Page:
3. Focused enough that it (a) provides enough information for faculty to decide whether they would like to try it; (b) stimulates thought among faculty about comparable methods; and (c) encourages inquiry into variations and outcomes.
  4. Presents new learning activities that have not been reported in the literature.

Peer reviewers are required to declare all potential competing, or conflicting, interests related to manuscripts they are invited to review. A competing or conflicting interest is anything that interferes with, or could reasonably be perceived as interfering with, the full and objective presentation, peer review, editorial decision making, or publication of manuscripts submitted to the journal. Competing interests may be personal, financial, nonfinancial, intellectual, professional, political or religious in nature. They can be related to an organization or a person.

If a reviewer realizes a competing or conflicting interest during their review of a manuscript, either related to themselves or to the manuscript authors, they should contact the editorial office for additional guidance. If a reviewer suspects the identity of the author(s), they should notify the editorial office if this knowledge raises any potential competing or conflicting interests.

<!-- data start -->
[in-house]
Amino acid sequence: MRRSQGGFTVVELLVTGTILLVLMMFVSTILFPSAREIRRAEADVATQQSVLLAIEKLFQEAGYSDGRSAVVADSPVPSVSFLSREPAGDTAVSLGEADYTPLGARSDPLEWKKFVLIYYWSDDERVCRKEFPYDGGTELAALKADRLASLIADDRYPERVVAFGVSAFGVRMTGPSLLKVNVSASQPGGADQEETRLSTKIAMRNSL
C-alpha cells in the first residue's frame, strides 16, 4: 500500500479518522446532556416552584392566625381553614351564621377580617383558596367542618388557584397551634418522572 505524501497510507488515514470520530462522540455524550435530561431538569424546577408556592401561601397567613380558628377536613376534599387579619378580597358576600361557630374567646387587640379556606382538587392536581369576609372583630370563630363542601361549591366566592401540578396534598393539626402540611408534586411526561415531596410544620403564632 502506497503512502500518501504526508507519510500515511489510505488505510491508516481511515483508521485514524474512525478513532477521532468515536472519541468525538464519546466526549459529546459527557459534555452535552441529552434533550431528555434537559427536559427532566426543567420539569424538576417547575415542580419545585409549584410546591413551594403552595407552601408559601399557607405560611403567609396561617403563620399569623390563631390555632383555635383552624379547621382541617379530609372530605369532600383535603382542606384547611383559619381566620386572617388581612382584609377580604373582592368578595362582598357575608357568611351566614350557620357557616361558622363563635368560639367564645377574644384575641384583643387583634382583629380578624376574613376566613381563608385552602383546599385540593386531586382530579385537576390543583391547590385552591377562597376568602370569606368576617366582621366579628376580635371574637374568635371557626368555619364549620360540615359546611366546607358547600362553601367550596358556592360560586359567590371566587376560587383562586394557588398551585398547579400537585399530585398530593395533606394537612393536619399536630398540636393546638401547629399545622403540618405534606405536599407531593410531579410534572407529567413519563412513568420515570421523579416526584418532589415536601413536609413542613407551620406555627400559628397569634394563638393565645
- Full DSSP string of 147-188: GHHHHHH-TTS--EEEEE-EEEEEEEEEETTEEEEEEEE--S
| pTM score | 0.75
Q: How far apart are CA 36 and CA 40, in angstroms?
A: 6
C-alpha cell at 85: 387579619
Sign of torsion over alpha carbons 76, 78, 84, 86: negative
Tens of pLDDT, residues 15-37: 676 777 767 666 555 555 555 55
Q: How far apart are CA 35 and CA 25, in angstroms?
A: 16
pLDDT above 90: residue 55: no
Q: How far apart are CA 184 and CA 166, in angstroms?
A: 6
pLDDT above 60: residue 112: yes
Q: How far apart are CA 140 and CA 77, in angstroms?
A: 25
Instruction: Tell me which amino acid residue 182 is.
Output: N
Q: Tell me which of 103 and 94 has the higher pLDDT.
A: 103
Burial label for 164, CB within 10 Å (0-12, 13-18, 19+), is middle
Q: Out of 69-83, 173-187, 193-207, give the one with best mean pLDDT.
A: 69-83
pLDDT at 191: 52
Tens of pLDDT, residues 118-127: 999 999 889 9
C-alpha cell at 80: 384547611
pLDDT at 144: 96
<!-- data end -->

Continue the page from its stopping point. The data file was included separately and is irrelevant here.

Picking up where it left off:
If the Editor, Associate Editor, or Assistant Editor of the journal authors or co-authors a manuscript, that Editor will not be involved in the peer review or decision-making process for the paper. Another Editor will assume those duties. If an Editorial Board member of or reviewer for the journal authors or co-authors a manuscript, that person will not be involved in the peer review or decision-making process for the paper.

Reviews completed for the journal are owned by the journal and are not published. Peer reviewers are required to maintain confidentiality about the manuscripts they review and must not divulge any information about a specific manuscript or its contents without prior permission.

Supplemental Material or Data

Supplemental material or data submitted with a manuscript will undergo peer review with the main manuscript. If the manuscript is accepted for publication and if the supplemental material is deemed appropriate for publication, the material or data will be posted online only with the article at the time of publication. Supplemental material will not be copyedited or formatted; therefore, the authors are responsible for the accuracy and presentation of the material.

Policy on Research Misconduct